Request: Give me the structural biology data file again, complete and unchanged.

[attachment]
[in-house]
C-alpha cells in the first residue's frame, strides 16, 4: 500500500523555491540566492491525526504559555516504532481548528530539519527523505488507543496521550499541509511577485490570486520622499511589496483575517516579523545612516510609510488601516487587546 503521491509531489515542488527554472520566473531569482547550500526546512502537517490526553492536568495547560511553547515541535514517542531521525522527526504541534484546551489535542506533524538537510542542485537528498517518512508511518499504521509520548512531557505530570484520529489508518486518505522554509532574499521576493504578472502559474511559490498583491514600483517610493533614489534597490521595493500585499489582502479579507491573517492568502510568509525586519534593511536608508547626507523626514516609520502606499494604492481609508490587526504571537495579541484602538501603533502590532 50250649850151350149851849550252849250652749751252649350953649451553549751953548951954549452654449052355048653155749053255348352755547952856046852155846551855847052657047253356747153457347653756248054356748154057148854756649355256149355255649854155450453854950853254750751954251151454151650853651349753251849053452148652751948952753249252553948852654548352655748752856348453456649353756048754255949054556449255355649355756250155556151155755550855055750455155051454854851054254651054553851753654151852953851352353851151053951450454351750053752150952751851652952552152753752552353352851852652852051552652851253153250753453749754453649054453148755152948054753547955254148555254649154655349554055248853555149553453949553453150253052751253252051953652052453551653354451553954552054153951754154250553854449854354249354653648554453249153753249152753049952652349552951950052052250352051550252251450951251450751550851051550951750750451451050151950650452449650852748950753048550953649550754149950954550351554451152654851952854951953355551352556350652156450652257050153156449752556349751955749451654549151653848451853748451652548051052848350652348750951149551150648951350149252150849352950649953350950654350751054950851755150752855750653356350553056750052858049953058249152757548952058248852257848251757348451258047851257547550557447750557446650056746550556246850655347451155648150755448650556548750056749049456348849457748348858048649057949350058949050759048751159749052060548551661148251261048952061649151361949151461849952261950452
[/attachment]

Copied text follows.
[in-house]
C-alpha cells in the first residue's frame, strides 16, 4: 500500500523555491540566492491525526504559555516504532481548528530539519527523505488507543496521550499541509511577485490570486520622499511589496483575517516579523545612516510609510488601516487587546 503521491509531489515542488527554472520566473531569482547550500526546512502537517490526553492536568495547560511553547515541535514517542531521525522527526504541534484546551489535542506533524538537510542542485537528498517518512508511518499504521509520548512531557505530570484520529489508518486518505522554509532574499521576493504578472502559474511559490498583491514600483517610493533614489534597490521595493500585499489582502479579507491573517492568502510568509525586519534593511536608508547626507523626514516609520502606499494604492481609508490587526504571537495579541484602538501603533502590532 50250649850151350149851849550252849250652749751252649350953649451553549751953548951954549452654449052355048653155749053255348352755547952856046852155846551855847052657047253356747153457347653756248054356748154057148854756649355256149355255649854155450453854950853254750751954251151454151650853651349753251849053452148652751948952753249252553948852654548352655748752856348453456649353756048754255949054556449255355649355756250155556151155755550855055750455155051454854851054254651054553851753654151852953851352353851151053951450454351750053752150952751851652952552152753752552353352851852652852051552652851253153250753453749754453649054453148755152948054753547955254148555254649154655349554055248853555149553453949553453150253052751253252051953652052453551653354451553954552054153951754154250553854449854354249354653648554453249153753249152753049952652349552951950052052250352051550252251450951251450751550851051550951750750451451050151950650452449650852748950753048550953649550754149950954550351554451152654851952854951953355551352556350652156450652257050153156449752556349751955749451654549151653848451853748451652548051052848350652348750951149551150648951350149252150849352950649953350950654350751054950851755150752855750653356350553056750052858049953058249152757548952058248852257848251757348451258047851257547550557447750557446650056746550556246850655347451155648150755448650556548750056749049456348849457748348858048649057949350058949050759048751159749052060548551661148251261048952061649151361949151461849952261950452